|Biography from International Art Centre:|
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Born in Hamilton, Melvin Day began formal art training at eleven years of age. He attended classes at Elam School of Art under the tutelage of John Weeks, Lois White and Ida Eise, becoming a full-time student in 1939 and graduating in 1942. Day spent the war years in the New Zealand Army and then the Royal New Zealand Air Force. Following this, he taught at Ngongataha and in 1954 extended his studies, gaining a Bachelor of Arts from Victoria University.
From the 1950s onwards Day exhibited widely throughout New Zealand and in 1961 at the Commonwealth Art Today exhibition in London. Whilst based in London, during the early 1960s, he attended Professor Anthony Blunt's lectures at the Courtauld Institute. Day became fascinated with the geometric precision employed by Italian Renaissance painter, Paolo Uccello, a fascination which resulted in the creation of Day's celebrated Uccello Series.
In 1964 Day exhibited alongside Ralph Hotere, Edward Bullmore and Gordon Browne in the Young Commonwealth Painters at Whitechapel Gallery, London.
For a time he taught in London before returning to New Zealand in 1968 and his appointment as director of the National Art Gallery of New Zealand. In 1978 he was appointed government art historian continuing to paint professionally. Two retrospective exhibitions were held, one at the Dunedin Public Art Gallery in 1970 and at the Dowse Art Gallery, Lower Hutt the following year. A major survey exhibition, Full Circle was held at the Wellington City Art Gallery in 1984.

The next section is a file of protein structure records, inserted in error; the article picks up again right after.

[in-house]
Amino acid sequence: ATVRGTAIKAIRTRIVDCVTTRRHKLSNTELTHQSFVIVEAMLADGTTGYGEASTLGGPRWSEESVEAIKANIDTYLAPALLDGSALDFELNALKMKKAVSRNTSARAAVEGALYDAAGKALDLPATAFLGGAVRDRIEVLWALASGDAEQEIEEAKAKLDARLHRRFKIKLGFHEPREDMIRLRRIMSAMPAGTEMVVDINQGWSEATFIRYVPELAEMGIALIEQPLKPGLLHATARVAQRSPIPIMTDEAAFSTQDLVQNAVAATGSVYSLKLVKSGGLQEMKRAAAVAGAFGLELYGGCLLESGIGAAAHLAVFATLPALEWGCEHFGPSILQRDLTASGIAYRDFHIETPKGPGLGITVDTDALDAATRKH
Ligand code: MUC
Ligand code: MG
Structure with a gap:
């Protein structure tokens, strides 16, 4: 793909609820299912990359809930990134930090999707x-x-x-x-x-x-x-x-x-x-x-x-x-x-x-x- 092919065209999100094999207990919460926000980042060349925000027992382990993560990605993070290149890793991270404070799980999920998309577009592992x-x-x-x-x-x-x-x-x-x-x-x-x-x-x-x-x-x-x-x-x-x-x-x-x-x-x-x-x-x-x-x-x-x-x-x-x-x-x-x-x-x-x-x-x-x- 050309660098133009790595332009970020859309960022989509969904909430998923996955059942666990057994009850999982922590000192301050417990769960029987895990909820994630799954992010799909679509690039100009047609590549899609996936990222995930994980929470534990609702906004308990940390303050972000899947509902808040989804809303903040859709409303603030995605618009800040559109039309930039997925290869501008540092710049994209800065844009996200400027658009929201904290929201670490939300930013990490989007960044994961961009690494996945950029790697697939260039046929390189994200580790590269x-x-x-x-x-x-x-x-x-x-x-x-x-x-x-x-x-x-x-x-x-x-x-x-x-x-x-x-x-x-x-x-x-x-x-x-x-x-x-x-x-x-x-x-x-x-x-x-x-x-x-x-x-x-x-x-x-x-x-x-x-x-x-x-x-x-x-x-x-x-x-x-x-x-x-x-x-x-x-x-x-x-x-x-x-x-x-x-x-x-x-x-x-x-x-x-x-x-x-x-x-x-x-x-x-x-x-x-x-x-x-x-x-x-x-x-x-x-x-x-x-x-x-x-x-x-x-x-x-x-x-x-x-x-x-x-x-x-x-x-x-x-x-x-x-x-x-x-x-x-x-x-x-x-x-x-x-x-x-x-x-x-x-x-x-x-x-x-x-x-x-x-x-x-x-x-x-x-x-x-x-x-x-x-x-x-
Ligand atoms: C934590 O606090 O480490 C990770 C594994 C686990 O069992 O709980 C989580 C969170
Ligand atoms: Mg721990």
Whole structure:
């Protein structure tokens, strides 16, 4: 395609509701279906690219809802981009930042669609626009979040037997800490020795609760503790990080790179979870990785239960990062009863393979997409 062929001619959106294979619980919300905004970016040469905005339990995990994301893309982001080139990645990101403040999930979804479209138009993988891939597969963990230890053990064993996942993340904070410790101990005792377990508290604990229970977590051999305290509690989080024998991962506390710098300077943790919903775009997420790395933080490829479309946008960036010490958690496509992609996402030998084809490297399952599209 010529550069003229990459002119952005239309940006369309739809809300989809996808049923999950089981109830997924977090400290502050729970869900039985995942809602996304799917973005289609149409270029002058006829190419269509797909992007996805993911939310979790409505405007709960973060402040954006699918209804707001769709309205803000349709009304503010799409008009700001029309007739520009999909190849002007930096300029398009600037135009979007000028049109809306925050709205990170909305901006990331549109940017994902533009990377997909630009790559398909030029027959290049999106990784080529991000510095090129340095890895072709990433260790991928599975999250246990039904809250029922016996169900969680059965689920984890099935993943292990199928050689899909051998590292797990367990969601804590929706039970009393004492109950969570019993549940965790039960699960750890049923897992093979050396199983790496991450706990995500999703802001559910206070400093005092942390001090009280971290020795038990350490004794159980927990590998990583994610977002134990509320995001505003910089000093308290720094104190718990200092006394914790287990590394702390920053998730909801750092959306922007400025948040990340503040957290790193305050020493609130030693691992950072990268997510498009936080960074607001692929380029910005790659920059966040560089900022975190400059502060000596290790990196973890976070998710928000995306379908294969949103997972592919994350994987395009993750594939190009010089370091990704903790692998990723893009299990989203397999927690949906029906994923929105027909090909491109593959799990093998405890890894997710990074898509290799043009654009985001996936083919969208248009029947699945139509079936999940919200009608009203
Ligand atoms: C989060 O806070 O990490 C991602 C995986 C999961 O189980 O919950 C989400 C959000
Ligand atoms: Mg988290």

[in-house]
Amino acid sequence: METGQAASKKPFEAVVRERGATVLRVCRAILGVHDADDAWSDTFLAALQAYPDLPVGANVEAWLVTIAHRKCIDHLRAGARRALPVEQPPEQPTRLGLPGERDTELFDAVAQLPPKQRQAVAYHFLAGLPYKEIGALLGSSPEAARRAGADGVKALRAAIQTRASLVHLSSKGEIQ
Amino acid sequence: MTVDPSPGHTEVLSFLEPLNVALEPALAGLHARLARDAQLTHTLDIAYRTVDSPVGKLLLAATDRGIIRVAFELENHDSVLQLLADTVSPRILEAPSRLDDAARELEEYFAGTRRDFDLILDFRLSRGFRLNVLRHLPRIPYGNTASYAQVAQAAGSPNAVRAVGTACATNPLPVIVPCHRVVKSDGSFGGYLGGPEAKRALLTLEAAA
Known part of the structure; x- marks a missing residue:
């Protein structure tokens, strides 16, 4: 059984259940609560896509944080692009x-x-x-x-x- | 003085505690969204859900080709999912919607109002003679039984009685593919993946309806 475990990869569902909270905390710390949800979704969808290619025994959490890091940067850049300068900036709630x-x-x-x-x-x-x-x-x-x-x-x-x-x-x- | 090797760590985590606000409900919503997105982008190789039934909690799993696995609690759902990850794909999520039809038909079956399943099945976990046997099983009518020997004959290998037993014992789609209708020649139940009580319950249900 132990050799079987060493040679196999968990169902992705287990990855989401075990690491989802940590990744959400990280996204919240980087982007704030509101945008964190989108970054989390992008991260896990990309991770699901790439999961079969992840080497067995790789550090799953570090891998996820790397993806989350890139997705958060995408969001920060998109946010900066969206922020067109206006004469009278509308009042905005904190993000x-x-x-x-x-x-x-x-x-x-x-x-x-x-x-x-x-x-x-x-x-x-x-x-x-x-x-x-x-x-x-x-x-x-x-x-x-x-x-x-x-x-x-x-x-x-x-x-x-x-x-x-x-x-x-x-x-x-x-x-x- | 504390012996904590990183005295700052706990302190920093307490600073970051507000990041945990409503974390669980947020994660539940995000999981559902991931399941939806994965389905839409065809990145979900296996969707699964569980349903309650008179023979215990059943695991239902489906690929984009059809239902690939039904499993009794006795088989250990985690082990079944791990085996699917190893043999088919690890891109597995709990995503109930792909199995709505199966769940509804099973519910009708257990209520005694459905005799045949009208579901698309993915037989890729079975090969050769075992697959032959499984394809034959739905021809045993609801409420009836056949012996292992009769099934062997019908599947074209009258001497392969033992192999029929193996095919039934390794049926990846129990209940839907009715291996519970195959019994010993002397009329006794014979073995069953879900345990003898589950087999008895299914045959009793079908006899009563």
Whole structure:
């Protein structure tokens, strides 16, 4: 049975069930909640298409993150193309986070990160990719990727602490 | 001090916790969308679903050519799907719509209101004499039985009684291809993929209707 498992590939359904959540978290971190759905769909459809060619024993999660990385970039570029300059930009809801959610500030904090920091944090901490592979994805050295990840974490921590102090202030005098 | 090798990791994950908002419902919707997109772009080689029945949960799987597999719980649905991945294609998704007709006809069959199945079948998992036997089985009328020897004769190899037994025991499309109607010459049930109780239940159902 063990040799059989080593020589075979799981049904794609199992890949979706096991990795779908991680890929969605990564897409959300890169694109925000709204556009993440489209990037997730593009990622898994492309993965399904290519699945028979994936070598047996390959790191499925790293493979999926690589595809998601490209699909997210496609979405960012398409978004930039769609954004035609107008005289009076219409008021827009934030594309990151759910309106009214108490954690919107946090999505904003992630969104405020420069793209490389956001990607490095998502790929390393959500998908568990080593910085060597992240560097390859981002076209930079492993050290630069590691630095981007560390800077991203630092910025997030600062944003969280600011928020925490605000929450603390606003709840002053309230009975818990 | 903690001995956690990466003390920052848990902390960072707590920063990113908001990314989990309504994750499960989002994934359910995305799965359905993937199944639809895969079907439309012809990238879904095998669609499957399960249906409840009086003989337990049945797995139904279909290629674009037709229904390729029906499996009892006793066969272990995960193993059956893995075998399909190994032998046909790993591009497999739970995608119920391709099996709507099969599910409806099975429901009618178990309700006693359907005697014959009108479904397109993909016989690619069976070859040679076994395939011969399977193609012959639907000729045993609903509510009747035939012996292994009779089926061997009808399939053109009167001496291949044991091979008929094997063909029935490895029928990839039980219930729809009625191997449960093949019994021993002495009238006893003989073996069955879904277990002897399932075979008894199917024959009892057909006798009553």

A thoughtful and scholarly painter, Day's interest in various periods of western art history is reflected in his work. He studied and utilized a wide variety of influences from the painters of the Italian Renaissance, to the modernist works of Cezanne and Braque. In 2003 Day was awarded the CNZM for services to the arts. In 2004 a major survey exhibition Melvin Day - Continuum was held at City Gallery, Wellington.
In 2009, along with Nigel Brown and John Walsh, he travelled to Fiordland to paint the landscape which had inspired Cook's artist, William Hodges. The journey was documented in Peta Carey's film The Waterfall. Day's portrait of Donald McIntyre was gifted to the New Zealand Parliamentary Services in 2011.
Melvin Day's works are found in many national and international public and private collections including:
Te Papa Tongarewa
The New Dowse
The Rototua Museum
the New Zealand Ministry of Foreign Affairs
the Dunedin Public Art Gallery
the Auckland Art Gallery
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